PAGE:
Make sure to stop and check out Ansel's tripod holes overlooking the Snake River and the Grand Tetons. Hope that when you do there are some clouds in the sky.

dtheld
25-Jun-2014, 10:36
For bear rentals, I would suggest that you check out these two vendors:

West Yellowstone - Grizzlies-r-us
Cody - Grr's rent a bear :rolleyes:

Enjoy Yellowstone. It's a great place to visit. If you can, try to take a few of the Ranger tours (free). They take a bit of walking, but you are with a limited group so you will have less problems with the masses. Check with the Rangers at Old Faithful for more info.

Dave

john reed
26-Jun-2014, 11:20
This sounds like a real possibility. I've got he whole rig in a backpack using a Renaissance set up. I did over six miles on Inishmor last month. Not bad for three score and ten.

john reed
26-Jun-2014, 11:28
Just as important as time and crowds is weather. You have to be flexible and ready to change plans depending of the weather. If you shooting grand vistas in black and white you are generally going to want some clouds.

Make sure to stop and check out Ansel's tripod holes overlooking the Snake River and the Grand Tetons. Hope that when you do there are some clouds in the sky.

We're doing a couple of days at GT as well. From what I can see from other people's shots, good photo ops abound! All I have to do is take the shot... right.

Drew Wiley
26-Jun-2014, 11:59
The last time is was in Yellowstone I took the Sinar. I figured if the grizzlies ate me, they could pick their teeth with the rail sections.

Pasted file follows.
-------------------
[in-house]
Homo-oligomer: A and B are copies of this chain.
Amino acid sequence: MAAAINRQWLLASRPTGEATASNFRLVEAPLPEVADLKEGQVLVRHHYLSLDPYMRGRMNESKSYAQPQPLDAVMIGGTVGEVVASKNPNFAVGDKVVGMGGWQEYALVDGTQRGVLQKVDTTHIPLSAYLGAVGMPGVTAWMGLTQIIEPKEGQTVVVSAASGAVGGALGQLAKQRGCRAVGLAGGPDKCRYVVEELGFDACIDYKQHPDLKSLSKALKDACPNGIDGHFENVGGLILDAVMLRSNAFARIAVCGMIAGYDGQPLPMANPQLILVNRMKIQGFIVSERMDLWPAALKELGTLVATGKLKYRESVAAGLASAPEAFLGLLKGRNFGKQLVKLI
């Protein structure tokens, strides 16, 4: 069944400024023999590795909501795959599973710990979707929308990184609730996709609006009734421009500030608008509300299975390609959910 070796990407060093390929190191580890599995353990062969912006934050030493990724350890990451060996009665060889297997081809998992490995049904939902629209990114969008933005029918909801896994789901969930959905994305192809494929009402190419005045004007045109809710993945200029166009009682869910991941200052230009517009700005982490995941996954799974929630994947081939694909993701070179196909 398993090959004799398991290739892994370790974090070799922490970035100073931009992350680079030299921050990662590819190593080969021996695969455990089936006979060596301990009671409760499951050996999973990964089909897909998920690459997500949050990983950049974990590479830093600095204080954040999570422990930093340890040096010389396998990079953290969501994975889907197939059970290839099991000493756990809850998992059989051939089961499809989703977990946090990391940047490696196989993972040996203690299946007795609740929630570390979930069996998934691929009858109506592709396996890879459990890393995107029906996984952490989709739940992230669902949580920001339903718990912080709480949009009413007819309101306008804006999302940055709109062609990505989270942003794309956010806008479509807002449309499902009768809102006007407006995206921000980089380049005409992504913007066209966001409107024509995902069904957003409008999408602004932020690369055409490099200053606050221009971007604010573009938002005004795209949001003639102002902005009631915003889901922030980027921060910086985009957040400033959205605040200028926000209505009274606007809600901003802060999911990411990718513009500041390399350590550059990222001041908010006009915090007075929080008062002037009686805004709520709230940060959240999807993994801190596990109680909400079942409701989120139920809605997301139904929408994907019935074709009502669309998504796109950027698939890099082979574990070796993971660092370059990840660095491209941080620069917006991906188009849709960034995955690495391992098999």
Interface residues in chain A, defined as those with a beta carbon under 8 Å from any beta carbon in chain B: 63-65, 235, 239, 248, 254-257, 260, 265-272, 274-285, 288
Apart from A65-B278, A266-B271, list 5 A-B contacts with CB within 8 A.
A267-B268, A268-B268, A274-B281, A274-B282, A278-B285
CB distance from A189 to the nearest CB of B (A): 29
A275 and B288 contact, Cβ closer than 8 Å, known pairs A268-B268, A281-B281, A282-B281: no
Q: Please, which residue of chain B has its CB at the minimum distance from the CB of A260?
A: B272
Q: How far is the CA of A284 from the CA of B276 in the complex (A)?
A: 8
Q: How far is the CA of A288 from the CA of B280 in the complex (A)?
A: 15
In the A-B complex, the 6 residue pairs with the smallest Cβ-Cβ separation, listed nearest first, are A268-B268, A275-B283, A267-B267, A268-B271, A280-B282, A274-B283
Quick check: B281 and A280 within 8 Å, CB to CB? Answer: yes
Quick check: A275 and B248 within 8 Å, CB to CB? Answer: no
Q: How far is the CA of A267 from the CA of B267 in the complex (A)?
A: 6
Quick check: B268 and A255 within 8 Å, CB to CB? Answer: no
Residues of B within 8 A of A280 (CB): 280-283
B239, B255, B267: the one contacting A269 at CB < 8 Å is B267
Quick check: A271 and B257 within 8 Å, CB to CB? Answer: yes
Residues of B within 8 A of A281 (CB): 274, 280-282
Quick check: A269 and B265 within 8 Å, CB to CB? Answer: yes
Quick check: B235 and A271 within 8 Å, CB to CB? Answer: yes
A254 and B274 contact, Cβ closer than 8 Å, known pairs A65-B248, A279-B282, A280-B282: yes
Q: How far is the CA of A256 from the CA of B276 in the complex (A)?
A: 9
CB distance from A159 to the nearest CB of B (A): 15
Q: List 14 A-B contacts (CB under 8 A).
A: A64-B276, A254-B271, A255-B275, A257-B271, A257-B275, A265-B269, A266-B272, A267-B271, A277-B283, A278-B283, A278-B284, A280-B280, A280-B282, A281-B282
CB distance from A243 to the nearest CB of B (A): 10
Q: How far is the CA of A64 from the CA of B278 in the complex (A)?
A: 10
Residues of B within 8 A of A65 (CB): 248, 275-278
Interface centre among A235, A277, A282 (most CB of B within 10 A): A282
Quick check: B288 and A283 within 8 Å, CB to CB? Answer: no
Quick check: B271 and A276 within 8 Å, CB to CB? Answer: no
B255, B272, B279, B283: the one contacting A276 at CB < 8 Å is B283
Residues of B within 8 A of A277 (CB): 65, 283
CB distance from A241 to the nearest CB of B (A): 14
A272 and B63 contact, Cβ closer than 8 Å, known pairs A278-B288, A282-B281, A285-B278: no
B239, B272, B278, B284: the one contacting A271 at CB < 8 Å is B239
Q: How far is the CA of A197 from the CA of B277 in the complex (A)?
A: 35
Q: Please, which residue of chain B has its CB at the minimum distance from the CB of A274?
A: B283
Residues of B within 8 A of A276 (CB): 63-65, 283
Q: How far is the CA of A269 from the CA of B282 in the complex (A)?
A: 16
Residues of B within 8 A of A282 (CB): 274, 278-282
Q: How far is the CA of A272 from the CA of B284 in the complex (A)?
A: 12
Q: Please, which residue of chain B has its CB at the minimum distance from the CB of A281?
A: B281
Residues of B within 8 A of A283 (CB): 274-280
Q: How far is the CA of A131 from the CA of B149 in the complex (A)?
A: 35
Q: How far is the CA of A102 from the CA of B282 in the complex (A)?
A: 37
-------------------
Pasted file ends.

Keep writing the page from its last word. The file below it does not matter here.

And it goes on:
Bill_1856
26-Jun-2014, 12:06
[QUOTE=john reed;1148190 my wife has offered to truncate her normal morning ritual... a greater sacrifice could not be asked.[/QUOTE]
John, just keep in mind that there's no such as a "free" lunch!

Drew Wiley
26-Jun-2014, 15:29
I still remember having my 8x10 propped up at the overlook of Blue Mesa in the painted desert (not exactly bear habitat), and the old Brooklyn couple drives up and
walks over: "Whatcha got theah? A deah? A beah?"... "Stupid Photographeah... ain't even no deah or beah."

Kevin J. Kolosky
26-Jun-2014, 16:15
We're doing a couple of days at GT as well. From what I can see from other people's shots, good photo ops abound! All I have to do is take the shot... right.

Well, I wouldn't go that far. Grand Teton National Park is a beautiful place, and there are many places to make photographs.
But as with anything else you will need a bit of luck with the weather and the clouds if you are doing landscapes. My suggestion would be to get up and on the road early, take a nap at noon, and get back to it in the late afternoon when you have that beautiful raking light.

And of course, keep your eyes open and your smaller cameras handy for moose and bears.

Drew Wiley
26-Jun-2014, 16:18
A lot just depends. There can be a lot of smoke in the area in summer - or utterly wonderful clarity. Keeping your eye out for moose also applies to when you're
behind the wheel. I rounded a corner once and a couple of those huge beasts were sleeping on the road.

john reed
26-Jun-2014, 19:39
A lot just depends. There can be a lot of smoke in the area in summer - or utterly wonderful clarity. Keeping your eye out for moose also applies to when you're
behind the wheel. I rounded a corner once and a couple of those huge beasts were sleeping on the road.
We have a few of those fellows in NH. The state issues a bumper sticker:
"Brake for Moose! It could save your life." I shows the level of confidence the state has in general public. Probably warranted.
We still have a few fatalities each year with car versus moose. It's usually ends in a draw. I'll keep a close lookout for the fauna.
The bears I'm used to are the little black ones. They're daunting enough. I think I'll rely on National Geographic for my Grizz encounters.

Richard Johnson
26-Jun-2014, 21:11
From a boardwalk you don't need to have much privacy, just enough room for your tripod. If you walk further, the crowds will be gone automatically.